December 30th, 2008 in Roofing
The most ridiculous thing about my house is...the blatant lack of eaves or overhang on the north side of the house. Sounds wild, I know, but I am new to the desert. Yes I am currently spending the winter months in a Casita in the Mojave Desert in southern California. Sure the average annual rainfall here is less than six inches, but rain it does.
And last week I had the pleasure of experiencing my first good desert rainfall (I got my first earthquake on my first night in town!). Other than making me a bit homesick, it was striking and beautiful. But it also resulted in water dripping directly onto my bed in the middle of the night thanks to some rather ridiculous design.
Our small winter getaway has an exposed beam ceiling with tongue-and-groove pine on top of that. These beams then cantilever out of the exterior walls about one foot, completely uncovered by any eave or overhang. Many years in the hot desert sun have caused quite a bit of cracking and splitting in the beam ends as all moisture has been sucked out of them. This actually allows rainwater to travel through these cracks where they meet the exterior, into the walls and, as it turns out, behind the paint that covers the beams and down onto our bed through a knot in the wood. ...read full post →
October 23rd, 2008 in Roofing
In some ways your house needs holes in the attic, but when it comes to the pitter-patter of four-legged feet above your head, it’s a different story. Holes in the attic can be caused by a number of things, from wear and tear on the roof over time to the sharp and pesky teeth of greater Rodentia. The first key to plugging holes in the attic is knowing where they are.
Finding the Hole
Unfortunately, the most common way holes in the attic are discovered is only after animals are nesting up there or water comes dripping down into the main floors. Regular inspection of the attic and the roof is good prevention. Also keep tree branches and other access points trimmed back from the roof. There’s no need to make it easy for the invaders.
After the fact, you’ll need to go up there and look for their entry point. Vent screens are a popular place, and an easy fix. Damaged or missing soffit boards are another. Basically, these spots are likely not too difficult to find and are usually the result of materials that are rotting or in disrepair. That’s not to say that squirrels and their cousins won’t chew their way in if they can.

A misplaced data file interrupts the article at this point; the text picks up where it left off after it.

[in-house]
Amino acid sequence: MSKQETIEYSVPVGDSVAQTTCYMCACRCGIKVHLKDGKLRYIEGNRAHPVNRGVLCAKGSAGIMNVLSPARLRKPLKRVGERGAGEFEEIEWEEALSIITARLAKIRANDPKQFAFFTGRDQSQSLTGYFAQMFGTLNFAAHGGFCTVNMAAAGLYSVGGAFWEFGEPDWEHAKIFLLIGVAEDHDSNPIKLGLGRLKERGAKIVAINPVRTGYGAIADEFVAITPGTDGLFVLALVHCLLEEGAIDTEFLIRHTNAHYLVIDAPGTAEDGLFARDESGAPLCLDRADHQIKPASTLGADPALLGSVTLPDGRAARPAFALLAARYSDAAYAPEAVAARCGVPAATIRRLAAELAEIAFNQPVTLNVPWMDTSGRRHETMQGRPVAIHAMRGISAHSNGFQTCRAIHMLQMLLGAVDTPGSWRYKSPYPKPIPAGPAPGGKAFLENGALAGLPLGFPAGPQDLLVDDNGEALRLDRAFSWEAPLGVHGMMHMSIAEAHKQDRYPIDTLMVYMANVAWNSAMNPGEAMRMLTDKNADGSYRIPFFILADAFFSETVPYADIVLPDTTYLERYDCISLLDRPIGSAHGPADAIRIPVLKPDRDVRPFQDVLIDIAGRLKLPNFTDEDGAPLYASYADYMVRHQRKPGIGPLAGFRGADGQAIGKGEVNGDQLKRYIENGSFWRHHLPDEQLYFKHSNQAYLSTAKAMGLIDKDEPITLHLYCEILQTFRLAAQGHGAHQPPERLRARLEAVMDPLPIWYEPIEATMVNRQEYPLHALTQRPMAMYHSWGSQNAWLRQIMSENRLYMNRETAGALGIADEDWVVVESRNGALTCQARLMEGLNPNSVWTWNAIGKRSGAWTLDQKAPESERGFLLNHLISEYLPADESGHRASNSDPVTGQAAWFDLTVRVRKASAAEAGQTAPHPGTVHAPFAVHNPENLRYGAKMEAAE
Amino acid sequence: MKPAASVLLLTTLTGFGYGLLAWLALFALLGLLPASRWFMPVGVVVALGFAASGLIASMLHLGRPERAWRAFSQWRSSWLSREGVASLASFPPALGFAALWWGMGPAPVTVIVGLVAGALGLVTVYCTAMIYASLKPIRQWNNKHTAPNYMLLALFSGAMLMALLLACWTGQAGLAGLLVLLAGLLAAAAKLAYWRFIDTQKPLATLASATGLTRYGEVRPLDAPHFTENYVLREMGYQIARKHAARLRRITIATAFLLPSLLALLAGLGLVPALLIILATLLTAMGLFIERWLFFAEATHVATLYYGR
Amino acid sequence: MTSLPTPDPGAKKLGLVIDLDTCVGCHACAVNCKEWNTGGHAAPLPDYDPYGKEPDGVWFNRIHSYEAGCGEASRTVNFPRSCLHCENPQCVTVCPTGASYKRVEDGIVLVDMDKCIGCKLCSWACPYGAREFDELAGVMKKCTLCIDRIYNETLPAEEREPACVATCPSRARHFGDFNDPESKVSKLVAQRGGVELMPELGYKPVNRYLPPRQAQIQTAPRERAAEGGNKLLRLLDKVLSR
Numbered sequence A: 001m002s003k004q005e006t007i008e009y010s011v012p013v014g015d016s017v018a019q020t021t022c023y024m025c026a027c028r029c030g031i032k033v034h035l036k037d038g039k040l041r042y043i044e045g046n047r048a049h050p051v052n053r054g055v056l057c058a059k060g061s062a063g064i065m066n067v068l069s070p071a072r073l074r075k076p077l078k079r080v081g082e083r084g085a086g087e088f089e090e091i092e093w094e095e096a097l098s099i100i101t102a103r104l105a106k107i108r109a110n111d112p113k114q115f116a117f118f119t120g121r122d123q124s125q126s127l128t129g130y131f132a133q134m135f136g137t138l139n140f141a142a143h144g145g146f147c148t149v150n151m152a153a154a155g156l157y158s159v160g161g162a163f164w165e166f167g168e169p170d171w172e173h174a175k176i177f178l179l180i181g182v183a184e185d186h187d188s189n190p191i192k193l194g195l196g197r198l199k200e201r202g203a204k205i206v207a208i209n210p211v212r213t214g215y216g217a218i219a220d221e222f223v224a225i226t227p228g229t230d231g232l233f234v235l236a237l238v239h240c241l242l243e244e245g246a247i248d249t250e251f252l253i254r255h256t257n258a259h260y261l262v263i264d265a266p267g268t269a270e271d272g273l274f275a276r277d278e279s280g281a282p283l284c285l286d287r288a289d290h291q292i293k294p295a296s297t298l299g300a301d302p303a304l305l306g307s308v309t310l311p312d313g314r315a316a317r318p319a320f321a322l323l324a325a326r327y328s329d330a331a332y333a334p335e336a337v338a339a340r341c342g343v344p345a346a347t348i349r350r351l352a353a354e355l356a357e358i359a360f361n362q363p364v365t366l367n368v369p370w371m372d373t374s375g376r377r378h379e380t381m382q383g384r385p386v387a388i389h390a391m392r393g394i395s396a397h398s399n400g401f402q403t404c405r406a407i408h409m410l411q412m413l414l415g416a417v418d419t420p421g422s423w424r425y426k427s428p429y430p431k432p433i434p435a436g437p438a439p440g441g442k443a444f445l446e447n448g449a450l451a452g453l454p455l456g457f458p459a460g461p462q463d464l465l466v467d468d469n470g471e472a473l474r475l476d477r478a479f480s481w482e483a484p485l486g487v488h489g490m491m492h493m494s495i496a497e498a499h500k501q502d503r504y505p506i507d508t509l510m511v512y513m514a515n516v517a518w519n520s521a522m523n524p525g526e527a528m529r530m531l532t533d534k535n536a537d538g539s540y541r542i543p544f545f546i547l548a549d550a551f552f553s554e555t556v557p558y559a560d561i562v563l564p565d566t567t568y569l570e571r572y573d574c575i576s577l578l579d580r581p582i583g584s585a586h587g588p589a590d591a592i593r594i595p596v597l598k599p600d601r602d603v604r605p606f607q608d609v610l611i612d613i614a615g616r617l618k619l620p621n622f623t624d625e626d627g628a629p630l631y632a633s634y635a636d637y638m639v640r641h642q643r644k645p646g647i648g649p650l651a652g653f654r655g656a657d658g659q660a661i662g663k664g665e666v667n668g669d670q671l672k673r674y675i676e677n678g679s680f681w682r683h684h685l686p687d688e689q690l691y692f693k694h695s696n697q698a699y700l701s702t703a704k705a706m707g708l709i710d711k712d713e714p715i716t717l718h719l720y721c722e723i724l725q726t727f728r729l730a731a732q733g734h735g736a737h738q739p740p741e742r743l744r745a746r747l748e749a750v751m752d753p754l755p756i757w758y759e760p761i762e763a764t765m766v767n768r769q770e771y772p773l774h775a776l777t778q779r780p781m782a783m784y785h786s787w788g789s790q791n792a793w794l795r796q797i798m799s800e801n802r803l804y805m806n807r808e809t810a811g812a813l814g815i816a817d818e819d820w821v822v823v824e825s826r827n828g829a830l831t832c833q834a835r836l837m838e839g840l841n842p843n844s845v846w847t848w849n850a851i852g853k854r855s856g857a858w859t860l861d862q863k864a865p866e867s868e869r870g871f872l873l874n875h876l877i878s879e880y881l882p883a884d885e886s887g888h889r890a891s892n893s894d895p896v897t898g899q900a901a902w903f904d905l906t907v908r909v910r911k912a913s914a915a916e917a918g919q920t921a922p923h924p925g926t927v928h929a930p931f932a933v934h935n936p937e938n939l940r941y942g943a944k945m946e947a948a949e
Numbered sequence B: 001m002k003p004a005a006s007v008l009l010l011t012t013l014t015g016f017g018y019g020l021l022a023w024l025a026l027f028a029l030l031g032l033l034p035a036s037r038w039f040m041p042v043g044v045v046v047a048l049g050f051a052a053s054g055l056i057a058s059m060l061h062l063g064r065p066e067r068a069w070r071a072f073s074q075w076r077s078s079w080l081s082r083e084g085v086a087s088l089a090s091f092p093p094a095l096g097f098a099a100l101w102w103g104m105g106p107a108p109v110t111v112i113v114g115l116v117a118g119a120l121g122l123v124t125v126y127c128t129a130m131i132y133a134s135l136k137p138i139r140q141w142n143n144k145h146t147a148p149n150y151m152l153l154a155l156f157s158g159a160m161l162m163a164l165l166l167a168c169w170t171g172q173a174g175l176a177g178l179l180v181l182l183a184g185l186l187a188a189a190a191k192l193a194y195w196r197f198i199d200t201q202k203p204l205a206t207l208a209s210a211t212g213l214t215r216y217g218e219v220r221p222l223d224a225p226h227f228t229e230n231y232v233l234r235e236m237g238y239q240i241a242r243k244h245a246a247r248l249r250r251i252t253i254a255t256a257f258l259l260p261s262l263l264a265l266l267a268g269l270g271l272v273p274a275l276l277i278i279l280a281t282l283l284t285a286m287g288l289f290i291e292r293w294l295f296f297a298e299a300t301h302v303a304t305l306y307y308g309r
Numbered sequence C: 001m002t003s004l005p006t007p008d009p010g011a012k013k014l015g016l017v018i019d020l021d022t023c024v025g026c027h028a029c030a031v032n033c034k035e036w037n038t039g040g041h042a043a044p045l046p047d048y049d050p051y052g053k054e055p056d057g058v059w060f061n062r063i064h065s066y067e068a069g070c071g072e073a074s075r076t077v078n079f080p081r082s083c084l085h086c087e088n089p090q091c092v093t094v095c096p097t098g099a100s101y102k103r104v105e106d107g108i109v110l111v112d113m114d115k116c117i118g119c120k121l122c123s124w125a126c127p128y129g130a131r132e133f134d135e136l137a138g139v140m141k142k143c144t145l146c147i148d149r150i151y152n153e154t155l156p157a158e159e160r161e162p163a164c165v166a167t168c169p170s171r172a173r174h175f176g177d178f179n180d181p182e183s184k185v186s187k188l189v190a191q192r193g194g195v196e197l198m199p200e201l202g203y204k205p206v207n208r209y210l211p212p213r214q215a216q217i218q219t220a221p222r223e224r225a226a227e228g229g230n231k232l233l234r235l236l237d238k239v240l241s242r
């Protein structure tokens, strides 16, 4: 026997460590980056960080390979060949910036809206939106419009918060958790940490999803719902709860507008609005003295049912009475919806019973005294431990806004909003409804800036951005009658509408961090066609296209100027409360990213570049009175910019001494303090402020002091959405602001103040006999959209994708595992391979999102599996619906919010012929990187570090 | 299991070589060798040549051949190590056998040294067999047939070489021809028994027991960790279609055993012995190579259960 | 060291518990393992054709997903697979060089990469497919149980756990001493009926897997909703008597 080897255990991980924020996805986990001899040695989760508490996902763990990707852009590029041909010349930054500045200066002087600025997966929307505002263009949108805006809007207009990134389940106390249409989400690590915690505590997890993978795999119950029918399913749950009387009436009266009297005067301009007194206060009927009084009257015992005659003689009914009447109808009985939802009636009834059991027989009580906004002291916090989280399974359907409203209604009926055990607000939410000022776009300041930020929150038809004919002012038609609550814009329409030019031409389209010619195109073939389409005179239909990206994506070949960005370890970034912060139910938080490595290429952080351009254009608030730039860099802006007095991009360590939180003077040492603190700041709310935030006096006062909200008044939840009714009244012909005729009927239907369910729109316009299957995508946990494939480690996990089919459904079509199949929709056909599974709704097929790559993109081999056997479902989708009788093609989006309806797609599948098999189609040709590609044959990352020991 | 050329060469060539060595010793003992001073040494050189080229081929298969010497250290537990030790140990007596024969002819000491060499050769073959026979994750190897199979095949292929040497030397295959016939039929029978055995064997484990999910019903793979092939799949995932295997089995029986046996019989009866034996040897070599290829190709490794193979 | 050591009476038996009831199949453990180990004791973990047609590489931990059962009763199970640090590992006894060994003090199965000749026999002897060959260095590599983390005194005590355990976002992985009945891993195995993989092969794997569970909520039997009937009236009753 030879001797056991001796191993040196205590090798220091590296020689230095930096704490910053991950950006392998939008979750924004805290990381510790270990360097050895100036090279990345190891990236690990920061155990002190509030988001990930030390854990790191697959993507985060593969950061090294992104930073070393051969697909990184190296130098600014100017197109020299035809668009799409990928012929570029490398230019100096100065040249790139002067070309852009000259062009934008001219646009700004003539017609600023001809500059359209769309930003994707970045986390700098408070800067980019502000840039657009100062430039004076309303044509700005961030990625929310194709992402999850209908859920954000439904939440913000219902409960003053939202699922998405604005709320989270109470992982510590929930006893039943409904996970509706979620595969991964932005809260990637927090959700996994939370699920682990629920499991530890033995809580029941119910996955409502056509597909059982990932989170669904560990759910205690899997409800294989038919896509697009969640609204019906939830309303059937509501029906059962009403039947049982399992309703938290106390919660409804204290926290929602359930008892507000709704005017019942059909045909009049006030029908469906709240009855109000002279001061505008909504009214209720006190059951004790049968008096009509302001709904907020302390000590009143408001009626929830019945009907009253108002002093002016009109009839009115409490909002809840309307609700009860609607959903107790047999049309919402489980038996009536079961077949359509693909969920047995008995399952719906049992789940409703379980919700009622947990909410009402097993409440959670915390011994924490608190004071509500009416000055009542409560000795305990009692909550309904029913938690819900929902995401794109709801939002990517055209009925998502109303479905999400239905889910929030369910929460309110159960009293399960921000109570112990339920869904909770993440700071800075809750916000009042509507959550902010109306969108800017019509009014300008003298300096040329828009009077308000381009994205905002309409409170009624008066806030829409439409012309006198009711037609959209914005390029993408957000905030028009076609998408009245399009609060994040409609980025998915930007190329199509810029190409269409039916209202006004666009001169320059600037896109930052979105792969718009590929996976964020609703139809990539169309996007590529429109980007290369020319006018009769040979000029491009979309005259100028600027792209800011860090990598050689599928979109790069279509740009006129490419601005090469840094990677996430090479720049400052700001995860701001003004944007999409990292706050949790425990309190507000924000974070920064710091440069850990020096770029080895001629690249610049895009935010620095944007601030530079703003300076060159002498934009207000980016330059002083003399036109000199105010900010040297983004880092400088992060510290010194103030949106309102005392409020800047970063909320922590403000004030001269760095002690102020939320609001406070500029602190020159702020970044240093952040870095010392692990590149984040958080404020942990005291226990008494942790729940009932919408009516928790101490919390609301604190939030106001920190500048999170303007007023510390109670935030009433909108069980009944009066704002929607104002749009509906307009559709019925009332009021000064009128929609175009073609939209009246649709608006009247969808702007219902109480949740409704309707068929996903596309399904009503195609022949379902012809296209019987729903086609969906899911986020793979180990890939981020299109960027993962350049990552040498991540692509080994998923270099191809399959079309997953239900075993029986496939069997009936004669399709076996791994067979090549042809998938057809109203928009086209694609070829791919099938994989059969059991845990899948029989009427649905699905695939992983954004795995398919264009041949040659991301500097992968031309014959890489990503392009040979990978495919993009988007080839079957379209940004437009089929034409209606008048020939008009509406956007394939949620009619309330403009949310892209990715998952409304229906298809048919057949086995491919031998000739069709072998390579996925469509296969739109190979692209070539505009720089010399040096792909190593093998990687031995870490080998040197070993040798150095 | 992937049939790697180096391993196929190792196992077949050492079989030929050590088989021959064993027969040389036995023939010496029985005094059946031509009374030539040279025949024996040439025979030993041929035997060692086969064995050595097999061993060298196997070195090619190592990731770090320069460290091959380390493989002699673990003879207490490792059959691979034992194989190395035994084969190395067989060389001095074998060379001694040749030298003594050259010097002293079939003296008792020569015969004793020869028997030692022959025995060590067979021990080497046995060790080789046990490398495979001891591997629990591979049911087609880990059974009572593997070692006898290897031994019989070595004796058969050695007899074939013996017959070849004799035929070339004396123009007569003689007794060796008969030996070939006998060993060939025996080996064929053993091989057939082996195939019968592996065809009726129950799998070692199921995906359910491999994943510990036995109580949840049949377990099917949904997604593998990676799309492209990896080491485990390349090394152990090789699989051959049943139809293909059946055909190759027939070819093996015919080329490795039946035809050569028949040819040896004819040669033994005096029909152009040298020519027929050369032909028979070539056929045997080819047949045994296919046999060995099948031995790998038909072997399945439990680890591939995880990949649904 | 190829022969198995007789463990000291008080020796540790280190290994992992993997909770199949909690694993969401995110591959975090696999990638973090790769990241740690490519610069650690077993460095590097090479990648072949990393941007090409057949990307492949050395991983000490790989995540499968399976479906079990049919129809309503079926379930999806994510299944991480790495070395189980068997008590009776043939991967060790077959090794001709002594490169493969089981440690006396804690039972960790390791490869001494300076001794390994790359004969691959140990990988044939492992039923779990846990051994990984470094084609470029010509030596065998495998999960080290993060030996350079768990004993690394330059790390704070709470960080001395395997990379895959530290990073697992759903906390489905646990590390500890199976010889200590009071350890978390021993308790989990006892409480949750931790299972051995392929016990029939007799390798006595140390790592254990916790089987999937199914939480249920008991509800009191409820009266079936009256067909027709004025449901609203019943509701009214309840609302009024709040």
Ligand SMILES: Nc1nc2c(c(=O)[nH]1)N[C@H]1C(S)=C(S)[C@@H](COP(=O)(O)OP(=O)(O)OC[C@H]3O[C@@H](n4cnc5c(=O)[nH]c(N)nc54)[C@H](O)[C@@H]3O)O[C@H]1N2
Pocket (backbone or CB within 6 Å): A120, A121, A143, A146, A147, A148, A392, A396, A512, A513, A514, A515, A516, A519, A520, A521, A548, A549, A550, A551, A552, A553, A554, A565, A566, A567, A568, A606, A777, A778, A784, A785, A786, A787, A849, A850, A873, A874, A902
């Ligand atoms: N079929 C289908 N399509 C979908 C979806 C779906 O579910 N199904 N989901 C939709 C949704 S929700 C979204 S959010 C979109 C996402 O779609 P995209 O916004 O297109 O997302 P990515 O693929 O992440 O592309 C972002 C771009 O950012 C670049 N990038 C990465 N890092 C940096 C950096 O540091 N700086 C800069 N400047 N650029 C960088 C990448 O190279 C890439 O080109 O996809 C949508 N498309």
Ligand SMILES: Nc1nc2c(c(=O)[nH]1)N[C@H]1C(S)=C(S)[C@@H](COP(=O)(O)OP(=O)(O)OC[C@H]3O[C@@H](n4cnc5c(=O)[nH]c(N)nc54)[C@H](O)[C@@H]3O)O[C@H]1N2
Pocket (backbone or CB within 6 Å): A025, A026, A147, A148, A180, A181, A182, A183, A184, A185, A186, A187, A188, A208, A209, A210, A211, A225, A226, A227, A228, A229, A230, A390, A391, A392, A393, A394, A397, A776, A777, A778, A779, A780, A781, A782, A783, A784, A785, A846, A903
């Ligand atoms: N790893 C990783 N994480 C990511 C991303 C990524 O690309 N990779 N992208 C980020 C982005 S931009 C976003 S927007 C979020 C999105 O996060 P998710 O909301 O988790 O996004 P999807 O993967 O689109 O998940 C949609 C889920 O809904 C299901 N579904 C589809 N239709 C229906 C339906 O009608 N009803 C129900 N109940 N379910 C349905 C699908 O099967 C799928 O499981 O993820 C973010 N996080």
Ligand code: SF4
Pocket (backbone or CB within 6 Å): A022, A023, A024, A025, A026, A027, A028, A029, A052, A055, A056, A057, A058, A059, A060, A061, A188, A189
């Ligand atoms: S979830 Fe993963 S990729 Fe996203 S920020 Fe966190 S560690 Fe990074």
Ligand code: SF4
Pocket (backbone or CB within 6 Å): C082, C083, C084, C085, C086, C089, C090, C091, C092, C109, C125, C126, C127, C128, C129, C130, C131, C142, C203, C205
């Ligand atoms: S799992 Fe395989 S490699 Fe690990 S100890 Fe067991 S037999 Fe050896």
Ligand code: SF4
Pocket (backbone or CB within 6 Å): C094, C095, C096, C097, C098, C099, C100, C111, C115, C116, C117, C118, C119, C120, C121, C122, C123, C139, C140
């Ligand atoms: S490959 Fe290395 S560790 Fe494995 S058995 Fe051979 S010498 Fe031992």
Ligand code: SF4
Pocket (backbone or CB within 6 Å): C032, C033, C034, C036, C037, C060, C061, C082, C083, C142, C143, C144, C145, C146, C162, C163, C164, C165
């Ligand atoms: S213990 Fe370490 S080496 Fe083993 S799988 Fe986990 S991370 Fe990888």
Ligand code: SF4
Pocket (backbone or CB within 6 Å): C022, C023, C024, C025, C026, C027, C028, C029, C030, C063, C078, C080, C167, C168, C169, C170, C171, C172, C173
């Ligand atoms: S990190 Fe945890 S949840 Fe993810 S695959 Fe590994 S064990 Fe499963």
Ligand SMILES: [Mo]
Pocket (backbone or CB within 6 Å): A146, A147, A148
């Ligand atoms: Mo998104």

The problems are self-evident, especially if you’re already hearing the squirrels dance at night. Animals are an obvious problem. They keep you awake, they’ll start a family up there, and they leave quite a mess.
Another problem is the leaky roof, which can lead to a leaky ceiling, which can lead to a major renovation. Again, keeping a good eye on your roof is a good idea. Look for hanging shingles, raised shingles, and sags or weak spots in the roof. To add insult to injury, weak spots caused by water damage are also the best places for animals to chew their way into your attic. ...read full post →
September 24th, 2008 in Roofing
In an informative article about trends in recycled roofing, Heidi J. Ellsworth writes, “Energy Star®, recycling, green roofs — all buzzwords in an industry that is making a transition to the world of sustainable building products. The roofing industry is on the environmental fast track. From shingle wraps that read 'please recycle' to asphalt roofing recycling centers to a commitment with the new Energy Star program, roofing manufacturers and contractors are offering several different forms of earth friendly products and services.”
As you explore roofing materials with your roofing contractor, having some information about the trend in recycled roofing materials can be useful. Here are 7 companies that offer recycled roofing products: ...read full post →
June 18th, 2008 in Roofing
Wooden shakes were one of the original roofing materials, but with the invention of more advanced materials, they have become less common. When selecting your roofing material, is wood even an option anymore?
Wooden shingles are typically made from cedar trees. Very few new homes even consider using wooden shakes, but many homeowners with historical homes want to use them to maintain originality. Wood shakes tend to be high in maintenance, being prone to deterioration, insect infiltration, rot, and mildew. Additionally, over time, the sun dries them and causes them to be very flammable. ...read full post →
May 26th, 2008 in Roofing
Does your roof need repair? Warning signs that indicate it’s time include ceiling spots, blistered, curled, or missing shingles, cracked flashing, granules in the gutter, and peeling paint. Last but not least, problems with your roofing can result in excessive energy costs. If you’ve noticed that your monthly bill is higher than usual, inefficient or damaged roofing may be the cause. When checking for roof damage, don’t forget to investigate your gutters, as they keep your house dry and protect siding, windows, doors, and your foundation from water damage.
If you’re ready to replace your roof altogether, there are numerous eco-friendly alternatives available, including metal, clay, slate, and recycled materials. Talk to your roofing contractor about your choices. Remember, CalFinder-certified roofing professionals are located across the country and are available for no charge estimates. Here are some of them:
Acker and Guerrero Roofing
Based in Oakland, California, Acker and Guerrero has served the Bay Area since 1990, growing to become one of Northern California’s leading roofing companies. ...read full post →